Sunday, April 15, 2012

Working Memory - Part 5 - Goal Setting

Goal setting: prioritising and setting goals for the activity. 

After having an extended Easter holiday break in Sydney I had the opportunity to reconsider my long term goals. This helps me to refocus and to re-energise.

Most people would agree long-term goal setting is important for success in life. However, goal setting is just as important in the short-term. For example, when engaging in an activity people need to set clear goals so that they are more focussed and are more able to measure their achievements. By setting goals the learner takes responsibility for his or her own progress.

When clear goals are set they enable working memory to function more efficiently by directing attention to what is important and ignoring extraneous information. They also provide a measure to gauge the effectiveness of strategies that learners employ in attaining these goals.

There are two types of goals; product goals and performance goals. Product goals direct the learner to focus on learning content. For example, while reading a story about Captain Cook and his voyage of discovery the reader will be interested in answering questions about who, what, when, where, and why. Process goals, on the other hand, focus on the strategies and skills that are needed to answer the above questions. For example, a process goal in reading may be to use a compensatory strategy such as rereading a sentence when there is a loss of meaning during the reading process. An easy way to set these goals is to make two wishes.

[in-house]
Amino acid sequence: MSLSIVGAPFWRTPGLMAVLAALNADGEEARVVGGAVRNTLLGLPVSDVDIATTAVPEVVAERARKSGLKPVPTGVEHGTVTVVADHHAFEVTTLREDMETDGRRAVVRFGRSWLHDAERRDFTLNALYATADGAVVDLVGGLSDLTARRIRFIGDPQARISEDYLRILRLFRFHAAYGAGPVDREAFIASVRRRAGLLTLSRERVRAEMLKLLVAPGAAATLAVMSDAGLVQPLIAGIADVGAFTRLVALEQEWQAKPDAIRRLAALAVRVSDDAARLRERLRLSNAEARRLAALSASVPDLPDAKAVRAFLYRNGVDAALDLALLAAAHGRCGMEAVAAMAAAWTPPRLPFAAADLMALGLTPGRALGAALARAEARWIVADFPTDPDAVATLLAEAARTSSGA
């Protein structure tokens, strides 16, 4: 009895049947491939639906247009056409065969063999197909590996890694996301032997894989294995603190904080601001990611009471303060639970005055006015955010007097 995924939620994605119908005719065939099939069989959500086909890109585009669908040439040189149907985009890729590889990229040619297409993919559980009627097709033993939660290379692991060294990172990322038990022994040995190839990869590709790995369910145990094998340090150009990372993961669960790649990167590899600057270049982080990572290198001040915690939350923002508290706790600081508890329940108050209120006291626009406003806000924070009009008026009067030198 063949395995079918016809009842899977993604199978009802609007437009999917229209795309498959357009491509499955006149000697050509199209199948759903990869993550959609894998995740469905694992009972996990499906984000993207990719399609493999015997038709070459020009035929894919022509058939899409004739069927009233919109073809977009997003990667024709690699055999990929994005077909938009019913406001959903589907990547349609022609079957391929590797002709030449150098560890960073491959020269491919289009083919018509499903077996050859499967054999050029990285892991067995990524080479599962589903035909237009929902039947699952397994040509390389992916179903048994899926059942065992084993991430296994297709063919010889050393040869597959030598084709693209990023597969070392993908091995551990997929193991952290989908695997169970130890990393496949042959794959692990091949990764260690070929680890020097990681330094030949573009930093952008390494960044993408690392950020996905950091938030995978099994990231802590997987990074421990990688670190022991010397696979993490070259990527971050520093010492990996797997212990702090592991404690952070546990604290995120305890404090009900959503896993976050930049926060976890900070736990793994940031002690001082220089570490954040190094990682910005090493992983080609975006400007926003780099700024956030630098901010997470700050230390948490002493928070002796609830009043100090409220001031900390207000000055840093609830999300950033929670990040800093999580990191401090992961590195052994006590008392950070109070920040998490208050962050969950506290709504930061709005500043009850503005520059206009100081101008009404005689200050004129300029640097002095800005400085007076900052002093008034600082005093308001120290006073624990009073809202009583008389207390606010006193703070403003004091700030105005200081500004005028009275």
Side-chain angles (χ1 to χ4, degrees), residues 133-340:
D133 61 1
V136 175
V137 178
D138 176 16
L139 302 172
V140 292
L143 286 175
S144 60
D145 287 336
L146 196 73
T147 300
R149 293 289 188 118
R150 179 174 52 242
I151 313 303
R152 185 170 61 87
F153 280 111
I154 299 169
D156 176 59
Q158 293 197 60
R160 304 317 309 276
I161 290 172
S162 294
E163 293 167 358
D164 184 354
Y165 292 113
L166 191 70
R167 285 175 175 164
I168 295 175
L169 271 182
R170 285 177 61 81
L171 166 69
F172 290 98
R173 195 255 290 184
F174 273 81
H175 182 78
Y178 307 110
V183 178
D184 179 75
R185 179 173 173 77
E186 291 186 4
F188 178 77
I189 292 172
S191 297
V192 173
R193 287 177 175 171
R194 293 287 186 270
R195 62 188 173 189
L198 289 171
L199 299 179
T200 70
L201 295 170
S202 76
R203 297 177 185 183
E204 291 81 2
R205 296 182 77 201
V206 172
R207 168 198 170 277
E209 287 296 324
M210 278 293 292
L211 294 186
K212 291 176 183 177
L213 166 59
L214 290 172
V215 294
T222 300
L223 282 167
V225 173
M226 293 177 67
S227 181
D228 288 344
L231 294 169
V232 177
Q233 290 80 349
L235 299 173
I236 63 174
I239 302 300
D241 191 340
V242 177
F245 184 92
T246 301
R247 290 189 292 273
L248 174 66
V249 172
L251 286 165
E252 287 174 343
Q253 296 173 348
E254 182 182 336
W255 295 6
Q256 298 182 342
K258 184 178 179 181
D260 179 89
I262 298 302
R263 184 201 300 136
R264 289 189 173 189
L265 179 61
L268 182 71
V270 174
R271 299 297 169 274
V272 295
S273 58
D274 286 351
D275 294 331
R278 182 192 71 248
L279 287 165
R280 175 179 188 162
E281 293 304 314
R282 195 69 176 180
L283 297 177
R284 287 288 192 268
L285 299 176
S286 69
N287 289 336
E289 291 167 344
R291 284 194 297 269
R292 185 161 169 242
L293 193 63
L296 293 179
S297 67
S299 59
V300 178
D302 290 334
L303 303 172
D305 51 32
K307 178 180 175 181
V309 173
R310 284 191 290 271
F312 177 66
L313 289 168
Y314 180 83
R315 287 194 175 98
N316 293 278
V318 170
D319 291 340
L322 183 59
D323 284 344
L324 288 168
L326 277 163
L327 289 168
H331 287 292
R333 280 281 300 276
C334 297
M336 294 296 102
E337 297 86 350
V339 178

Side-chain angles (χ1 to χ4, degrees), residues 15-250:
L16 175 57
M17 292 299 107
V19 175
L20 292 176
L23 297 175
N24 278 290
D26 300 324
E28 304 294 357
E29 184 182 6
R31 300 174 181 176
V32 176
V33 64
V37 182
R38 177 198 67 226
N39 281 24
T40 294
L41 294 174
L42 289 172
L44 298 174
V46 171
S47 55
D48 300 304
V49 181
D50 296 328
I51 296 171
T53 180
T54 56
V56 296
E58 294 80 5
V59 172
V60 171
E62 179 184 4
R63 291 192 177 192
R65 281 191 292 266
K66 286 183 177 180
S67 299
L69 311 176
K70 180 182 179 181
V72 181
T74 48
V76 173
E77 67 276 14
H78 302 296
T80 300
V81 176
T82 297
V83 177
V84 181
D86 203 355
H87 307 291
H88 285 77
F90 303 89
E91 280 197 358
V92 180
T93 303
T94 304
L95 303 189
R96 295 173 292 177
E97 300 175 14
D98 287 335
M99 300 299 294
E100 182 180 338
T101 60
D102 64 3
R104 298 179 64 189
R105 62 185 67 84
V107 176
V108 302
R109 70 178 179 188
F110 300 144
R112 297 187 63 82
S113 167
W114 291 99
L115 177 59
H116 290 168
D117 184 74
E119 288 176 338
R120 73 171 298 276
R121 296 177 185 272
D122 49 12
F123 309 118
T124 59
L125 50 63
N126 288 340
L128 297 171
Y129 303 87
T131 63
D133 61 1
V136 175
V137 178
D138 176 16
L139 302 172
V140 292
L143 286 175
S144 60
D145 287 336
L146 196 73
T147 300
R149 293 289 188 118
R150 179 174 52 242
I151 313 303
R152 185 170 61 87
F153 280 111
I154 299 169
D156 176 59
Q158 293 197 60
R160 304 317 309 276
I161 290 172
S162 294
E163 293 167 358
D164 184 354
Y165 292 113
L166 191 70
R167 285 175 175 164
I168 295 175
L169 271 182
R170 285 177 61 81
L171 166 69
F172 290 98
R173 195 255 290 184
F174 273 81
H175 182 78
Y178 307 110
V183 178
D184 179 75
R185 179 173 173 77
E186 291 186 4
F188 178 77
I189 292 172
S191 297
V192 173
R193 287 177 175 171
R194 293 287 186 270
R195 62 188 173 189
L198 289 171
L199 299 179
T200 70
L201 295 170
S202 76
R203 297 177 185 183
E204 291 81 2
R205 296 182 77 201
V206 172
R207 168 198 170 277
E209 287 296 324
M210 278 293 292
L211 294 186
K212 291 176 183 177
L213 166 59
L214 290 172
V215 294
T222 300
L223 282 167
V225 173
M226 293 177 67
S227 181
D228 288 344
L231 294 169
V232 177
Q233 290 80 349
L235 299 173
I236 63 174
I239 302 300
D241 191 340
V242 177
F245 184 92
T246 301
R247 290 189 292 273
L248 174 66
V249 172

Five suggestions:
  1. Say each goal (wish) aloud.
  2. Visualise achieving each goal.
  3. Write down each goal.
  4. Make sure that the goals are challenging.
  5. Check that the goals are realistic and attainable.


  1. After thought: It should be emphasised that goals are more effective when they are set by the learner rather than being imposed from outside.

  2. I like the idea of thinking about goals as wishes! Having both a product and a process goal could really help struggling readers. Hm, maybe a birthday cake graphic to have kids record these on before they read? Have you tried this?

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  4. Hi Emily, Thank you for contacting me again, it is always good to hear from you. Yes, I have used a form for the children to record their wishes and achievements - called two stars and a wish - I don't know where the idea originated but I picked it up from a year 5 classroom a few years ago. I have used it in my COR Reading Comprehension Framework (see the Literacy Project Link on the right). It was a great success. However, I intend to improve this - the cake idea was one - two presents, two candles and maybe something in between (a type of 3 step self-regulation strategy e.g. goal (two types), monitoring, reflection.